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Joel on Software

Strong Names Blues

Reading the .NET security concept, it seems a reasonable approach to strong name assemblies (a.k.a programs). But when you realy need it, because your program does COM/Interop you enter the: there are no strong named Interops availables blues. Even for Mediaplayer/Internet Explorer. The nasty: for media player there is one for the GUI-less library... The moment you just drag & drop the control you end up with an unsigned AxInterop...

What is your stand/stragegy regarding strong names?
:-) stw

Stephan H. Wissel
Sunday, September 05, 2004

You can get strong named interop DLLs, but (I think) you have to make them by hand with the tlbimp (or aximp) command line tools, and supply the /keyfile command line option pointing to the keys you wish to sign the assembly with.

Then take the resulting interop DLLs, place them in your source directory somewhere (and, obviously, in your source code control system), and make references to them.

I believe all the Primary Interop Assemblies are signed by Microsoft, so those should be usable if one is available.

Brad Wilson (dotnetguy.techieswithcats.com)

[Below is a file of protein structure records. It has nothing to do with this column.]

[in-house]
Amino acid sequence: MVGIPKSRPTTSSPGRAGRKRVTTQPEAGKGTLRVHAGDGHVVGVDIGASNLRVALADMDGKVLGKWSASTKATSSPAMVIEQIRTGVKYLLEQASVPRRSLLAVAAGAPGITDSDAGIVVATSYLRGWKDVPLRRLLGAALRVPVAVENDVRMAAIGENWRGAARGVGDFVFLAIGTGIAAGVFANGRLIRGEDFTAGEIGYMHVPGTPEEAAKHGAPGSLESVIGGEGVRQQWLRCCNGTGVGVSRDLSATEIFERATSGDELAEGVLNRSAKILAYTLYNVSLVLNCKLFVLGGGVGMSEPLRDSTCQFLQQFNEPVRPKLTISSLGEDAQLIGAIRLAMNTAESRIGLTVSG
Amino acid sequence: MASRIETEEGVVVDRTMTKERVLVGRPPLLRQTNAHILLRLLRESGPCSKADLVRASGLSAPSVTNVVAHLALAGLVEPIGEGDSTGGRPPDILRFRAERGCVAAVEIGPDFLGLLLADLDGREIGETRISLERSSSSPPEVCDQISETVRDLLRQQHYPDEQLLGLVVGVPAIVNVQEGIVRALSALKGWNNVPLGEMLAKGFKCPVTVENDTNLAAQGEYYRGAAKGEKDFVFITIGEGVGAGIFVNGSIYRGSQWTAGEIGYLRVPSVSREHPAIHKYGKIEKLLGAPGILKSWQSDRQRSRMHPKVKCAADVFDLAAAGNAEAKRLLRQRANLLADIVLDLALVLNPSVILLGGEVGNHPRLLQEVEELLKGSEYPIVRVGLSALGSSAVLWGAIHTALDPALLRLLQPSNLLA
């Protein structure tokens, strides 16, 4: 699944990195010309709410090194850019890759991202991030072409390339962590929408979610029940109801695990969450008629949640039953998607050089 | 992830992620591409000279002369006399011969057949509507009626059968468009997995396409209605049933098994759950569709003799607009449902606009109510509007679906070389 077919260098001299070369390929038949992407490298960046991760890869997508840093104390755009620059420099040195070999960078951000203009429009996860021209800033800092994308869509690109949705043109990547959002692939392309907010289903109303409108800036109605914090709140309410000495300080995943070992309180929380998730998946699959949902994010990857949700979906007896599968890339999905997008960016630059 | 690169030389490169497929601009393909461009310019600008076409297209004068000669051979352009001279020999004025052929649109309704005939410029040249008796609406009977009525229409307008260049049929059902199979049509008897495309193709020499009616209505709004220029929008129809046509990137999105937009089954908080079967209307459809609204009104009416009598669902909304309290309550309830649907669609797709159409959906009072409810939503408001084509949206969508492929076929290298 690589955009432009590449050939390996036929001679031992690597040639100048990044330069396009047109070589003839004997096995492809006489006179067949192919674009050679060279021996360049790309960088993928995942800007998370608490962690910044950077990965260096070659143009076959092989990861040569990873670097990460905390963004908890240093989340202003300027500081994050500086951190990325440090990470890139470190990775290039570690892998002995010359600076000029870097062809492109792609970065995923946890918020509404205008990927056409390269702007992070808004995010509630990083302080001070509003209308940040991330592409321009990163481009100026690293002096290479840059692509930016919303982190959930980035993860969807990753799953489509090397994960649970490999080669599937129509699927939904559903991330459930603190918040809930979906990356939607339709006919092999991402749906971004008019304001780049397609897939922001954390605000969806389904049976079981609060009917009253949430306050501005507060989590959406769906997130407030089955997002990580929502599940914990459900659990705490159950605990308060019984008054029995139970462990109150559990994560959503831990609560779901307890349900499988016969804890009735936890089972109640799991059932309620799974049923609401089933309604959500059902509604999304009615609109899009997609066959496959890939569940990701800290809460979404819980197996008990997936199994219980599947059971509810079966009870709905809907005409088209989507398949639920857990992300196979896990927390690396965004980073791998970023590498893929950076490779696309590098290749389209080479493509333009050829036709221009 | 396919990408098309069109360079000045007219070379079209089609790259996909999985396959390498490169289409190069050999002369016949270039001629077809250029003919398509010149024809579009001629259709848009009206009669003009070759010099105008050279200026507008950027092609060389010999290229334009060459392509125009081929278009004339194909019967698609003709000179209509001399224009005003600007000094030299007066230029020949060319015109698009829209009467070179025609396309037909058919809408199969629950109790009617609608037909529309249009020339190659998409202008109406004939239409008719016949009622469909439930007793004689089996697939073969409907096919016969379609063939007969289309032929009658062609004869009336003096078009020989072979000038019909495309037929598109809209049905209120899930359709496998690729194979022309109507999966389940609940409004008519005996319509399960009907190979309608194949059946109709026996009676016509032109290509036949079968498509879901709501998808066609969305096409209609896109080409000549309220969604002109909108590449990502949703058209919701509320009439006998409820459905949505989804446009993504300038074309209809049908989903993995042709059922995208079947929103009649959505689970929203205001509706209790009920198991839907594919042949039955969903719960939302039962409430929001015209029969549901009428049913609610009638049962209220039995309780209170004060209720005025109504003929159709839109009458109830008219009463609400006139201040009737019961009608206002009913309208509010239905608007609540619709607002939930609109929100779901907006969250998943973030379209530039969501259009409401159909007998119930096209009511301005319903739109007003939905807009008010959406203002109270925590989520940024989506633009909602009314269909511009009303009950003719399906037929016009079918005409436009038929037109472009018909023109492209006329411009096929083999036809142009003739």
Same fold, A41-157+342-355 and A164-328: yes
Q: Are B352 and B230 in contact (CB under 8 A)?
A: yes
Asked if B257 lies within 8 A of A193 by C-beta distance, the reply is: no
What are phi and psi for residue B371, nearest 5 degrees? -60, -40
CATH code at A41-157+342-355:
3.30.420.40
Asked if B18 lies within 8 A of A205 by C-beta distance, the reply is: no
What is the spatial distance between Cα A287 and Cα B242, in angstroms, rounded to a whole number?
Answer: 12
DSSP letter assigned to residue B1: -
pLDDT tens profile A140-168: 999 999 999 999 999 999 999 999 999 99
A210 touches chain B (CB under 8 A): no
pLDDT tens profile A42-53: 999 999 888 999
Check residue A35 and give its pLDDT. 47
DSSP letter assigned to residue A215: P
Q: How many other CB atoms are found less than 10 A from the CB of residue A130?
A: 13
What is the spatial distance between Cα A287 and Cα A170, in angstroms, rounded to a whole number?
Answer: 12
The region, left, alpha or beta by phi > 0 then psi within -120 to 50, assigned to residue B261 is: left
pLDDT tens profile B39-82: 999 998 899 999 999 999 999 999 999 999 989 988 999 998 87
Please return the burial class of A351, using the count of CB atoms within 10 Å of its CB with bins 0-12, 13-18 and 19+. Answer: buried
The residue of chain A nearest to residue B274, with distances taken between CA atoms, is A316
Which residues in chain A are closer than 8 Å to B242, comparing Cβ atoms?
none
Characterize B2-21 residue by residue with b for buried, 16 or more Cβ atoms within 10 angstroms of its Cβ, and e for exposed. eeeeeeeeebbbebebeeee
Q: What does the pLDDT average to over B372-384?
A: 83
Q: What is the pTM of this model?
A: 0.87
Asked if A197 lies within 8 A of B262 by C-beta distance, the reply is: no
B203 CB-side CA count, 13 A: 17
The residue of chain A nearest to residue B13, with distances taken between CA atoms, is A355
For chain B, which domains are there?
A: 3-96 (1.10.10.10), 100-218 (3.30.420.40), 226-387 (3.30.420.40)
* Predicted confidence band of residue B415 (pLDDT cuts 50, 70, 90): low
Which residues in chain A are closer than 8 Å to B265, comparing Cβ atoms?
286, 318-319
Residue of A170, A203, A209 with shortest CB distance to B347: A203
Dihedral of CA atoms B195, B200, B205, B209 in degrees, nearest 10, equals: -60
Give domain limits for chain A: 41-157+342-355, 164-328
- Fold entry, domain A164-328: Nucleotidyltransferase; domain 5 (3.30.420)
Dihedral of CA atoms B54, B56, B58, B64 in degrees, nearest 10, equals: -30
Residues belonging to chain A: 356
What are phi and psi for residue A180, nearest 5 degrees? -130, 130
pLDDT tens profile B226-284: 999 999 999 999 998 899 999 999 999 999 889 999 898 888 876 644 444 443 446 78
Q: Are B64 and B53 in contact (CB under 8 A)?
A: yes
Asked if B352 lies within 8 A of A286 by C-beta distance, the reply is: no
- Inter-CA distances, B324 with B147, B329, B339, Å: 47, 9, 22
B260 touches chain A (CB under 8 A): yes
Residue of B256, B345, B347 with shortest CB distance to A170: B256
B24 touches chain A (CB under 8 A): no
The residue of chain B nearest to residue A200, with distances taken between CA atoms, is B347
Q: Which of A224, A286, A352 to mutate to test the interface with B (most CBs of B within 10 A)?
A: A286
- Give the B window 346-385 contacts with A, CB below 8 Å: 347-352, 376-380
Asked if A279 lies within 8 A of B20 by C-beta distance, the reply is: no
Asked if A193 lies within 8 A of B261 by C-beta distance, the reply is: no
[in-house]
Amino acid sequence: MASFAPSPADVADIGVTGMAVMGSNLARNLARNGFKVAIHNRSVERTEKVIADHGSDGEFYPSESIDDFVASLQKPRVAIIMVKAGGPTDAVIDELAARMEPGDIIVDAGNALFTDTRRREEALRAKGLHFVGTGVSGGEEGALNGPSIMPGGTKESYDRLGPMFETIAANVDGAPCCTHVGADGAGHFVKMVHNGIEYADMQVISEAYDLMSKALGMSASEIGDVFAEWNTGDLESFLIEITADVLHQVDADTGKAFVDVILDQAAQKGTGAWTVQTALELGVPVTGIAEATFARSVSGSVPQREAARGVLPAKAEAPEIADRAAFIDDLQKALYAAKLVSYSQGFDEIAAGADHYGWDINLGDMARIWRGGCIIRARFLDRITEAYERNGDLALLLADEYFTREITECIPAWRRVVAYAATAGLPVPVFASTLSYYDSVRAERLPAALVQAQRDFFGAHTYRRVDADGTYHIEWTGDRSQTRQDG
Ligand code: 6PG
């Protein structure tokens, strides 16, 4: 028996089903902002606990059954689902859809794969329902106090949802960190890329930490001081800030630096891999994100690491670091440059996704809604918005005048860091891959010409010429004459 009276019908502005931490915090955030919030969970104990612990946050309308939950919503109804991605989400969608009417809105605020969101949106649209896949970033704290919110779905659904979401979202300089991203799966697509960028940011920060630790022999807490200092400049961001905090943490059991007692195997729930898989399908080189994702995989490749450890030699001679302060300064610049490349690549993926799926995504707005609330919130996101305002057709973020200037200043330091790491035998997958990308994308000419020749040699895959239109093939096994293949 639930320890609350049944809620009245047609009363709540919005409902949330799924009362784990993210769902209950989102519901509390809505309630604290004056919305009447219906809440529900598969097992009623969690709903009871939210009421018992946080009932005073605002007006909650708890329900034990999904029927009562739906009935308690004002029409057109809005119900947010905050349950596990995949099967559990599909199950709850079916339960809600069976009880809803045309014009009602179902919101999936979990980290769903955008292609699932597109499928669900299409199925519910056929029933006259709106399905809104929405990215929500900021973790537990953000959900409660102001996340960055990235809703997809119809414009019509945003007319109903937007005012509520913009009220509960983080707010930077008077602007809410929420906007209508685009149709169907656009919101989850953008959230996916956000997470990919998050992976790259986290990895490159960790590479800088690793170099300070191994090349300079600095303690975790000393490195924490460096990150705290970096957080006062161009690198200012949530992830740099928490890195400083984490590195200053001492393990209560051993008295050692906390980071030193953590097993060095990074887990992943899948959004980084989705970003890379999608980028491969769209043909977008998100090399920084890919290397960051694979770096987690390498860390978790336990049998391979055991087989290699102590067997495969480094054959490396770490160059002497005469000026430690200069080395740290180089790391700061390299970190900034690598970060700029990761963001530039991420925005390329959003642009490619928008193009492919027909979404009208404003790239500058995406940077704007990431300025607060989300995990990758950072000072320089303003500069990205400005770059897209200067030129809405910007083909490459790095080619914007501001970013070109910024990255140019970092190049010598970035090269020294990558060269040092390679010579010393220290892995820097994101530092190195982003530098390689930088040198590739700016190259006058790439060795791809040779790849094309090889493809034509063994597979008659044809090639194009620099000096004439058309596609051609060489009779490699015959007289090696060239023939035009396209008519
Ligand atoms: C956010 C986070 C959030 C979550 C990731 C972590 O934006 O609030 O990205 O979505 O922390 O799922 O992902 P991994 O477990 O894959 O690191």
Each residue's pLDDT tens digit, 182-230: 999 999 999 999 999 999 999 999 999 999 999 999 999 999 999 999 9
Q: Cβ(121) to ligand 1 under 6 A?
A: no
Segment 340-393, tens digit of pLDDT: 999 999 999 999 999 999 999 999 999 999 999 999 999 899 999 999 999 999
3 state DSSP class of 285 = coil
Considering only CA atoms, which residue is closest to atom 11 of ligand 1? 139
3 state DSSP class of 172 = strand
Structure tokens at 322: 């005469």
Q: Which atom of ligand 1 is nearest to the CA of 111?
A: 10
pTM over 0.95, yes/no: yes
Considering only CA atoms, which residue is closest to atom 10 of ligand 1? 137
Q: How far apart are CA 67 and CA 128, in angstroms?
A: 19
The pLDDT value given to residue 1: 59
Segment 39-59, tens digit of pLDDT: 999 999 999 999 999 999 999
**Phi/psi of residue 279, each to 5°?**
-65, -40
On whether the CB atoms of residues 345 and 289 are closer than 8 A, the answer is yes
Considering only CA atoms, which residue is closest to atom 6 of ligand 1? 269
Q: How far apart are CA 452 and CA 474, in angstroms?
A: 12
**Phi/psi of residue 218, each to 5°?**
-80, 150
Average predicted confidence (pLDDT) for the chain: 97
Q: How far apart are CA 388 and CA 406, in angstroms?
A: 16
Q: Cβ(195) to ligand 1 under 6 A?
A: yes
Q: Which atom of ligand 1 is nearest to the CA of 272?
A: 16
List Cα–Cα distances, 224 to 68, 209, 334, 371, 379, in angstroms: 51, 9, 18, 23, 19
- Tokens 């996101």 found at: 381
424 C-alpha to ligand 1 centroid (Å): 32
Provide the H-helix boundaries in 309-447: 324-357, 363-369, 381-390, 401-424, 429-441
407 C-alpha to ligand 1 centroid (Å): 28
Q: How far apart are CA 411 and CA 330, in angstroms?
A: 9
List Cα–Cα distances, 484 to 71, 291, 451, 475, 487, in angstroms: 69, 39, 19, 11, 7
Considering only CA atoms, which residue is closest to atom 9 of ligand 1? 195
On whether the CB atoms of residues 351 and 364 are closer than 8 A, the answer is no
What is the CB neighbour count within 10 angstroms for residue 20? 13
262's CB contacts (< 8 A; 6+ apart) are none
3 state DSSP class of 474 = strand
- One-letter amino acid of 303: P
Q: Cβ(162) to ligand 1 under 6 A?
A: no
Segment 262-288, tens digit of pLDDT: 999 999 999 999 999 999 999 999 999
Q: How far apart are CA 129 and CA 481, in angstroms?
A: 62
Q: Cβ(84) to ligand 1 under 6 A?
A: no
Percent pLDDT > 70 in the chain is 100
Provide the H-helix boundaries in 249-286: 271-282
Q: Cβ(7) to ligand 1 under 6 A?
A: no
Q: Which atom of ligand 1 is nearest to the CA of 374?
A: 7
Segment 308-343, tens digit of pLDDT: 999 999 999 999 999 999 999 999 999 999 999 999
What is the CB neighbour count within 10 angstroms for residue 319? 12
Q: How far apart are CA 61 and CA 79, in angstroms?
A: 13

Monday, September 06, 2004

Hi Brad,
thx for the reply. What causes my blues is the Microsoft mix. I'm develoing an application that embeds Windows Media Player 9. Microsoft has a PIA for that (once you figure out that you need thr SDK to get hands on it). But that PIA only covers the automation interfaces. So when you drom WMP9 on a form you end up with the (strong named) PIA and an AxInterop without strong names. :-(. As a next step I used the manual tool Aximp to create a strong named Interop and get one --- with a bunch of warnings I don't understand --- and end up with a AxInterop and an Interop. The documentation suggest to use the PIA, but I got my own Interop. So I'm confused how to go (damn how I hate to be confused).
:-) stw

Stephan H. Wissel
Tuesday, September 07, 2004

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